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Discussion Starter · #1 ·
Hey all-

somewhat n00b to mountain bikes (At least modern ones), and I have some questions on components and wheelsets.

I may be getting a 2013 Spec Camber 29er, not sure if it is the comp or not, without the wheelset. I was looking on Wheelbuilder to see how much a non stock wheelset would be to put together, and I don't know the differences between hubs and what is recommended. (Such as ISO vs Center Pull vs Straight Lock etc etc).

I am 5'11", 184 lbs (Although when I'm in racing weight for road, I'm down around 170). I plan on doing a lot of trail riding in the Phoenix area (So dirt, rocks and cacti), along with some enduro/marathon racing (Barnburner 104, Whisky 50, etc).

What should I be looking at for wheels? The 2013 camber was a 9 speed, while the comp is a 10 speed. Can I interchange a 10 if it was a 9 speed version? Do I need a 32 spoke count, or is 28 sufficient? Is there an advantage to the notubes, or should I stay with a tube system?

Thanks all for any explanations/recommendations.

John
 

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Well, from the Specialized site: Specialized Bicycle Components

Rear hub is: "New Specialized Hi Lo disc, 4x-sealed cartridge bearing, 142mm spacing, 12mm thru-axle, 32h"

So I would assume the frame is setup for 142 12mm thru-axle. Most newer (2012 -->) hubs just have replaceable endcaps (Just converted my Hope Pro2 Evo's from 9mm QR to 14mm thru) for all of the standards. I would stick with 32 spokes, but that is just me. Just does not seem like the right place to try to cut weight (especially at your weight and what you are riding).

Tubeless is the ONLY way to go IMO. You do not need tubeless specific rims or tires. Nearly all rims and tires can be easily converted with replacing the rim strip with Stans or Orange Seal or Gorrila Tape and some presta stems with removable stems.

Good luck!

Edit: Oh, and there are two (that I know of) standards for 14mm thru axle (Shimano and DTSwiss), This will affect the type of thru axle skewer you will need (Hub will support either one). Not sure what that frame is using. (it may actually come with the frame - that would be nice).

Also, 9 speed and 10 speed cassettes are interchangeable. There is no such thing as a 9 or 10 speed specific hub. So if you decide to upgrade to 10 speed in the future (assuming you will initially be getting a 9 speed cassette because the shifters/der on that rig appear to be 9 speed), you will be fine.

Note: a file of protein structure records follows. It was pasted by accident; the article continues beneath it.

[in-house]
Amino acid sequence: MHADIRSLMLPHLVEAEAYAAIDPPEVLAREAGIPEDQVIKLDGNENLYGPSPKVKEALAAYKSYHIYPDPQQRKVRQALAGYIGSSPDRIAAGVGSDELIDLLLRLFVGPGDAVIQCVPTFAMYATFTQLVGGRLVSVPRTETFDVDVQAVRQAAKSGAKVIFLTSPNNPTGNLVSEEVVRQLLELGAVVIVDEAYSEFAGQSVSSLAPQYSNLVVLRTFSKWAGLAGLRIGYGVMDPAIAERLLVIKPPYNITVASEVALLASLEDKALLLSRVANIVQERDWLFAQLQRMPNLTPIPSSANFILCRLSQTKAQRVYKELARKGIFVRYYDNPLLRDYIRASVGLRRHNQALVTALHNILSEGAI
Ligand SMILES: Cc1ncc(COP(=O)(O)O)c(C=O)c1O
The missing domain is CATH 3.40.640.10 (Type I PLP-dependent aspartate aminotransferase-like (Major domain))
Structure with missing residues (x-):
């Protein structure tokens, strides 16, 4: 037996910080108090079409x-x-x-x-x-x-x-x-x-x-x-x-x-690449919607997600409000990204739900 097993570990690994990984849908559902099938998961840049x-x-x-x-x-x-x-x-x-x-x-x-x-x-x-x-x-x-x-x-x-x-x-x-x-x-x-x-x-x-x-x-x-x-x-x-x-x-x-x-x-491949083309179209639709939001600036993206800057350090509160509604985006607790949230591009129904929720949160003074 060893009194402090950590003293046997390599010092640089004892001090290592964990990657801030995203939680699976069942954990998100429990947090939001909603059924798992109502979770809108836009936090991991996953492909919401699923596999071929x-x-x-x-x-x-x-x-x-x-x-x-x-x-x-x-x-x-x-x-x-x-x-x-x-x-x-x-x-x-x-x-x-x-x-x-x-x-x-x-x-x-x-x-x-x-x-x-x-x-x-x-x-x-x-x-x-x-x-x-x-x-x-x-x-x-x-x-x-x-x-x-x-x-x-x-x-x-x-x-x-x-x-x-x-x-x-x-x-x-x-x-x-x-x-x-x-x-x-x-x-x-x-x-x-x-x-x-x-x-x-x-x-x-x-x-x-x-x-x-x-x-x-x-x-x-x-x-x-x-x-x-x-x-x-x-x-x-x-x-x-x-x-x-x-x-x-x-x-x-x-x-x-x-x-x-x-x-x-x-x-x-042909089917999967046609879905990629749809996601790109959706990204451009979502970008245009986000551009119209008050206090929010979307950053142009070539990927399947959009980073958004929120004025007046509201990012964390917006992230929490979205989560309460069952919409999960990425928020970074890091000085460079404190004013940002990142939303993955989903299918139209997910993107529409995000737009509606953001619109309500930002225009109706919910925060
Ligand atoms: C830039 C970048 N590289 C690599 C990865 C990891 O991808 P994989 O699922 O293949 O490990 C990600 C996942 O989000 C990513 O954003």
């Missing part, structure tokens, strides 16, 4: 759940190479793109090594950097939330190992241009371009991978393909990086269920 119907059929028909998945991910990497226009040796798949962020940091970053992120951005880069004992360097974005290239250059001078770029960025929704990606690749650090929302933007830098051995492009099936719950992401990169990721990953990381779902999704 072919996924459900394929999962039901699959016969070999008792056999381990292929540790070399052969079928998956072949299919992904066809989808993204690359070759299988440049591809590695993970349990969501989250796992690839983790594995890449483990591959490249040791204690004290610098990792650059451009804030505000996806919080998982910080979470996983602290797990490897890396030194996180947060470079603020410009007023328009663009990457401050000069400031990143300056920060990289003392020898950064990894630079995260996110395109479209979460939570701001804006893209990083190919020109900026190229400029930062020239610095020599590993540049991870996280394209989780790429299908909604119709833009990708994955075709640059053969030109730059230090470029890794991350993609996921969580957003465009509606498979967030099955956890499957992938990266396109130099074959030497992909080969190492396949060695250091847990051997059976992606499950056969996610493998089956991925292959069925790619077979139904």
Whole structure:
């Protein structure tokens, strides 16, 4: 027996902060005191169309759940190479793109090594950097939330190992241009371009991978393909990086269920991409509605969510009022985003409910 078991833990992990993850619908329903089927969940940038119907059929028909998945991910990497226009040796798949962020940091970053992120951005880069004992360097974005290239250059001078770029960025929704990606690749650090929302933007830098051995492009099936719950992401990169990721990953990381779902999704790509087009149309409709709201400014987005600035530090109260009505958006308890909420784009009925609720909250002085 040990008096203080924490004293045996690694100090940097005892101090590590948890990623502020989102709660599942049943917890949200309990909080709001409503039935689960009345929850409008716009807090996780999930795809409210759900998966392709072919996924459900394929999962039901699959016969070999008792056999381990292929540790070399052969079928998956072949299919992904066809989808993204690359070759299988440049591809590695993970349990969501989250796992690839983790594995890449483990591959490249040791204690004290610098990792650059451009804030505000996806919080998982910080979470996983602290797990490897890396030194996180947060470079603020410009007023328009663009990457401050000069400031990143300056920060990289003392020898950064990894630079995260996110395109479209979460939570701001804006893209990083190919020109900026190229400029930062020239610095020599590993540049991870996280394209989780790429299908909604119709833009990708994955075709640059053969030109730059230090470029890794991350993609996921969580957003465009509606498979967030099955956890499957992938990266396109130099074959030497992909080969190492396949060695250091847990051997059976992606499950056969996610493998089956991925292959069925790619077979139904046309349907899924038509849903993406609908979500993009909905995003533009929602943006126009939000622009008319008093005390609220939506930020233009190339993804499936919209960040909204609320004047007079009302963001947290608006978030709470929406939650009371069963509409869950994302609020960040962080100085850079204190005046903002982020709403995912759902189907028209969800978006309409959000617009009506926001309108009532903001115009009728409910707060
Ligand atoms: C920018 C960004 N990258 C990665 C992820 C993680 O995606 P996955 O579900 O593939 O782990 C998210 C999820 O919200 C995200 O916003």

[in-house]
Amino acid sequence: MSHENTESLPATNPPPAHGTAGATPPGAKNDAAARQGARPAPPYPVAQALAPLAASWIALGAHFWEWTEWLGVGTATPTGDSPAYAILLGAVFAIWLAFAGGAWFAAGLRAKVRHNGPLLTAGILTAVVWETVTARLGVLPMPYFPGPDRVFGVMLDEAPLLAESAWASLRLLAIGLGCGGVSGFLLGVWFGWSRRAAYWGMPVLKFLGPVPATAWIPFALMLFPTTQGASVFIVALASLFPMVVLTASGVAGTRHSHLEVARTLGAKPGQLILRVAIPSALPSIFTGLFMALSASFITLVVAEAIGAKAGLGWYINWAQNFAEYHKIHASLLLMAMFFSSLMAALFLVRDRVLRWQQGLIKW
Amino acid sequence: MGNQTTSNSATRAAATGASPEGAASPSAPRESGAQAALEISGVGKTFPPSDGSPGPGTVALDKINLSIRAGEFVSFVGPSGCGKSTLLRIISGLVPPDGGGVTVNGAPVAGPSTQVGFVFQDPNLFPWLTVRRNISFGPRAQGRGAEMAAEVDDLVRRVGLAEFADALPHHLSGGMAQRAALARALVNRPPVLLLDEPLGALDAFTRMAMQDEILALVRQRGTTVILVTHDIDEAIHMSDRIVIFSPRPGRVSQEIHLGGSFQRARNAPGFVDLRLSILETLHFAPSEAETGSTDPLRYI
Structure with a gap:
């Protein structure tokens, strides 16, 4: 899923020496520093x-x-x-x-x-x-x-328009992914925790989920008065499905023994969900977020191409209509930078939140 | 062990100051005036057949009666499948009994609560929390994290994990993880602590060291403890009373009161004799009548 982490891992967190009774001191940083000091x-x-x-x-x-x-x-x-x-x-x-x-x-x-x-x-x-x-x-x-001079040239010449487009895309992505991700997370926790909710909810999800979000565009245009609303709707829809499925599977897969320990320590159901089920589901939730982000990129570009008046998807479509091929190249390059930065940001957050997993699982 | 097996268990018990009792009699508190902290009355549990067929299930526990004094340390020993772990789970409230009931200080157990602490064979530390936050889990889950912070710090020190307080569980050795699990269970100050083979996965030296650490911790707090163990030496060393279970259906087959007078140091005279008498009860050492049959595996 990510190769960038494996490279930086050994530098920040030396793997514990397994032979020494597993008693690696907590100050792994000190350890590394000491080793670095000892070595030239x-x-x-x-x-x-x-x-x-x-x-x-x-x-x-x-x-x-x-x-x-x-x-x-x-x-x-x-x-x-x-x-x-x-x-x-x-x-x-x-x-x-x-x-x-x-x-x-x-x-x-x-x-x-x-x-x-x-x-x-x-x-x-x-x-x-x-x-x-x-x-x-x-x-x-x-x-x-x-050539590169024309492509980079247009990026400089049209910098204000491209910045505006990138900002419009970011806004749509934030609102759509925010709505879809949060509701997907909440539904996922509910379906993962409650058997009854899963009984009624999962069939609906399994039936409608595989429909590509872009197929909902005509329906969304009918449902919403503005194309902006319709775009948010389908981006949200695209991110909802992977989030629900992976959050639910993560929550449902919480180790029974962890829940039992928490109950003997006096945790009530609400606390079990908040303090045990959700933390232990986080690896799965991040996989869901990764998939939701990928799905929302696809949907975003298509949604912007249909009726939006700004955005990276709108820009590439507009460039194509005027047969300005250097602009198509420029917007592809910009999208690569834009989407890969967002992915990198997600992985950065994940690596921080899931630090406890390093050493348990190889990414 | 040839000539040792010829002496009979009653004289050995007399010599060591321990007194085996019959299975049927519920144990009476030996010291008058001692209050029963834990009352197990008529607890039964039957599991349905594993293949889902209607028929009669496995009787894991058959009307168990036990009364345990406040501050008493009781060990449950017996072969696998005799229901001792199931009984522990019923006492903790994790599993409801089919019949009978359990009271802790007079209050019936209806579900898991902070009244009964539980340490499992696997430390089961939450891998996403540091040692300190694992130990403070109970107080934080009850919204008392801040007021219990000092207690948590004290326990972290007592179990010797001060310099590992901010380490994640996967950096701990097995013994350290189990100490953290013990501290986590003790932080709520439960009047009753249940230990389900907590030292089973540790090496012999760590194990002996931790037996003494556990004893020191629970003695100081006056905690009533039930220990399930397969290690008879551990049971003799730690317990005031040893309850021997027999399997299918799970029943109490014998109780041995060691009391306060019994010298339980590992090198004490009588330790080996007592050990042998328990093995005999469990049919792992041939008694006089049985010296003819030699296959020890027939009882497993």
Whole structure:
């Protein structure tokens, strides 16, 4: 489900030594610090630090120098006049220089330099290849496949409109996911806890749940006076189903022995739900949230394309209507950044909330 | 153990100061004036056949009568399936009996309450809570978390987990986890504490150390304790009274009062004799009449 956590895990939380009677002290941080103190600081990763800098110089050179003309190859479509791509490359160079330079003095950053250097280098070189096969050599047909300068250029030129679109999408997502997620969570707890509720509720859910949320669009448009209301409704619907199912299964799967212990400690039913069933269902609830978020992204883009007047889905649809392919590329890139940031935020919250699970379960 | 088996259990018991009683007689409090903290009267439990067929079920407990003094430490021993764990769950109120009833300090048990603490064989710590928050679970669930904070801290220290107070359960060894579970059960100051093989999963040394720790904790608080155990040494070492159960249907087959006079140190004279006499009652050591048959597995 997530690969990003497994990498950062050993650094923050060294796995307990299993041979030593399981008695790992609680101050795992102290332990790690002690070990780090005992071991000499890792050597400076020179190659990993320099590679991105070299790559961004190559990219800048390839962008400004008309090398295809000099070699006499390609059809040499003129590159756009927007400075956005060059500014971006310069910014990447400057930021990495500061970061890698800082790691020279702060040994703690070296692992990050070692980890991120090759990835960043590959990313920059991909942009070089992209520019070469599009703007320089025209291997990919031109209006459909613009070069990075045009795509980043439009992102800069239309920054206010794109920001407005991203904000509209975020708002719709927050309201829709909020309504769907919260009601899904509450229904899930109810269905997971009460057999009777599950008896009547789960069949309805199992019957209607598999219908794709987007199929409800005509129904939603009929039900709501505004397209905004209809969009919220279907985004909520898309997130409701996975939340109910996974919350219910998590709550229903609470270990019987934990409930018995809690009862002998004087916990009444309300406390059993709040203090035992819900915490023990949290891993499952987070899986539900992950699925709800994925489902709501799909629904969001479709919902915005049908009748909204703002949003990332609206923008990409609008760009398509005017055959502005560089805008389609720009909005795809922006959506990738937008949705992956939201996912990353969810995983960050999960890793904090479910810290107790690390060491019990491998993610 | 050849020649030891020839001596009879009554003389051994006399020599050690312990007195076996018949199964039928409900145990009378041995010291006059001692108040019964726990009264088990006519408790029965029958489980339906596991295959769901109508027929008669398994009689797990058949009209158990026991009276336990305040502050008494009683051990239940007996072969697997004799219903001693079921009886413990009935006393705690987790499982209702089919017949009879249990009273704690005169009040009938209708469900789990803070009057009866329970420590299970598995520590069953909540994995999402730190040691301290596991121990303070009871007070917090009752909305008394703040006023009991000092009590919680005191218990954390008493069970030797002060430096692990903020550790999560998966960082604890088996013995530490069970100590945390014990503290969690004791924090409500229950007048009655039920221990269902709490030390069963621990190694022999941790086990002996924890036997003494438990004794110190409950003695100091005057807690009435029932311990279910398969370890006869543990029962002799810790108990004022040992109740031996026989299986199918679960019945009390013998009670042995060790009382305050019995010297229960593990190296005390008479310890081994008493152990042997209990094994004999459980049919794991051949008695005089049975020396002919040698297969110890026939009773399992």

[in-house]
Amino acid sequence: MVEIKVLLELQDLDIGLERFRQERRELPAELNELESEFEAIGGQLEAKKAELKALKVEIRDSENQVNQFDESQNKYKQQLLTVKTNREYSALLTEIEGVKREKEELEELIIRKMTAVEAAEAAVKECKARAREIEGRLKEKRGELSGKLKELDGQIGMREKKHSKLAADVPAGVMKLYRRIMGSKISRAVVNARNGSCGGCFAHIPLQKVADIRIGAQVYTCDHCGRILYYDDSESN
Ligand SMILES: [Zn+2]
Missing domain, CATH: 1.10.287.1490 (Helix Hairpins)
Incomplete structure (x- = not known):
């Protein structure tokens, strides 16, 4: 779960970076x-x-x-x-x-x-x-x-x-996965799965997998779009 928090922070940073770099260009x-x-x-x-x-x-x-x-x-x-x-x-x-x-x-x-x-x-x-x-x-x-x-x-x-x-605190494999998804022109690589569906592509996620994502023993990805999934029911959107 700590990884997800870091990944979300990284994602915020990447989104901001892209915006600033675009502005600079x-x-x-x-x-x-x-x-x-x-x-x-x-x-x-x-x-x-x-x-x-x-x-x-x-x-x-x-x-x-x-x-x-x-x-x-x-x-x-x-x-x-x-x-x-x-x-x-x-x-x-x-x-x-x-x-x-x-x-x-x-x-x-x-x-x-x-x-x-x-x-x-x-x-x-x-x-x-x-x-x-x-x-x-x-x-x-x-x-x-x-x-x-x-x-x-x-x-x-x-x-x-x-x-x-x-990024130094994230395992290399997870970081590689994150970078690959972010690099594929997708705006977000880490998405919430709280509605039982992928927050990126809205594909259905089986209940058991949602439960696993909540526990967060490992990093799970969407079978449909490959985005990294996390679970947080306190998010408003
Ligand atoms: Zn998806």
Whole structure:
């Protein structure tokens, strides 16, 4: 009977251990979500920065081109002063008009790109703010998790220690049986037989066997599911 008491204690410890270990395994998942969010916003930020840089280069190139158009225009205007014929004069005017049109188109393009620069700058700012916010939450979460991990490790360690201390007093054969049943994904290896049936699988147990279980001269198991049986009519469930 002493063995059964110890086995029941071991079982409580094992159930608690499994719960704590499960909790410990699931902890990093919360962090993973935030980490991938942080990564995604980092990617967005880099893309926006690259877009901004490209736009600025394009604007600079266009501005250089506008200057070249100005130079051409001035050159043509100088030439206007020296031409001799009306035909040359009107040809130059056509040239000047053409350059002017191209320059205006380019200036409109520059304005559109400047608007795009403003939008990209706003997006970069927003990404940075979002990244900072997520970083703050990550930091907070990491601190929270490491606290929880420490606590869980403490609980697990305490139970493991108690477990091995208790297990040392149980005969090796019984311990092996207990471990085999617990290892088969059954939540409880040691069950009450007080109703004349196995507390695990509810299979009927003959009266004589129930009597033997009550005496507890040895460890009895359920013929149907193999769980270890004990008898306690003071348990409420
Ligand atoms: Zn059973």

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mtbpete
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For a custom mtb wheelset 32 spokes per rim is generally the way to go. 28 would be for very strong carbon rims or someone looking for the lightest wheelset possible.

So it looks like you need to get the rear hub spec'd as 12x142 to fit your frame.

The fork is a standard quick release, but your stock hub may have come with a 9mm thru skewer. Check the skewer on the front of your bike. If it measures 9mm in diameter, and you want to keep using that skewer then you need to spec the front hub as 9mm thru. If it's a tiny 5mm skewer then that's standard QR.

It looks like you have 6-bolt rotor hubs so you need to get hubs that are designed for 6-bolt rotors. Centerlock type rotors have a different interface - they lock on at the center with on cassette type lock ring.
 

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Discussion Starter · #4 ·
For a custom mtb wheelset 32 spokes per rim is generally the way to go. 28 would be for very strong carbon rims or someone looking for the lightest wheelset possible.

So it looks like you need to get the rear hub spec'd as 12x142 to fit your frame.

The fork is a standard quick release, but your stock hub may have come with a 9mm thru skewer. Check the skewer on the front of your bike. If it measures 9mm in diameter, and you want to keep using that skewer then you need to spec the front hub as 9mm thru. If it's a tiny 5mm skewer then that's standard QR.

It looks like you have 6-bolt rotor hubs so you need to get hubs that are designed for 6-bolt rotors. Centerlock type rotors have a different interface - they lock on at the center with on cassette type lock ring.
The bike has no wheels at all. Do I still need to adhere to the 6 bolt, 9 or 5mm, etc?

John
 

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mtbpete
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The bike has no wheels at all. Do I still need to adhere to the 6 bolt, 9 or 5mm, etc?

John
No, you can choose the hubs based on the style brake rotor that you want to use or have. If you have 6-bolt rotors it's best to choose 6-bolt hubs, unless you want to buy an adaptor for the rotor. If you have centerlock rotors they must be used with centerlock hubs.
 

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Discussion Starter · #7 ·
Whats your budget? This will impact what hubs/rims suggestions you get.
Overall budget is right around 2k. So, if the bike is 8, that leaves 1200 for wheels and any changes (Such as changing out the derailleur and chain to go from 9 to 10).

As I explained in the thread in the Az forum, I guess part of what I was after is a vocabulary lesson, such as what a straight pull hub is and what the different might be from a regular hub, etc.

So, if anyone has a good primer on wheels they can point me to for reading, I'd be grateful.

John
 

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You mentioned Pro Wheel Builder, here's an example of a light but solid wheelset for a nice price.

-Hope Pro 2 Evo 12 x 142 rear
-Hope Pro 2 Evo 9mm thru front with 9mm thru bolt
-WTB KOM 29er rims with tape and valves
-Sapim Race spokes black
-Sapim Polyax aluminum nipples

Total is $615 and 1531g...leaves you lots of $$$ for other improvements.
 
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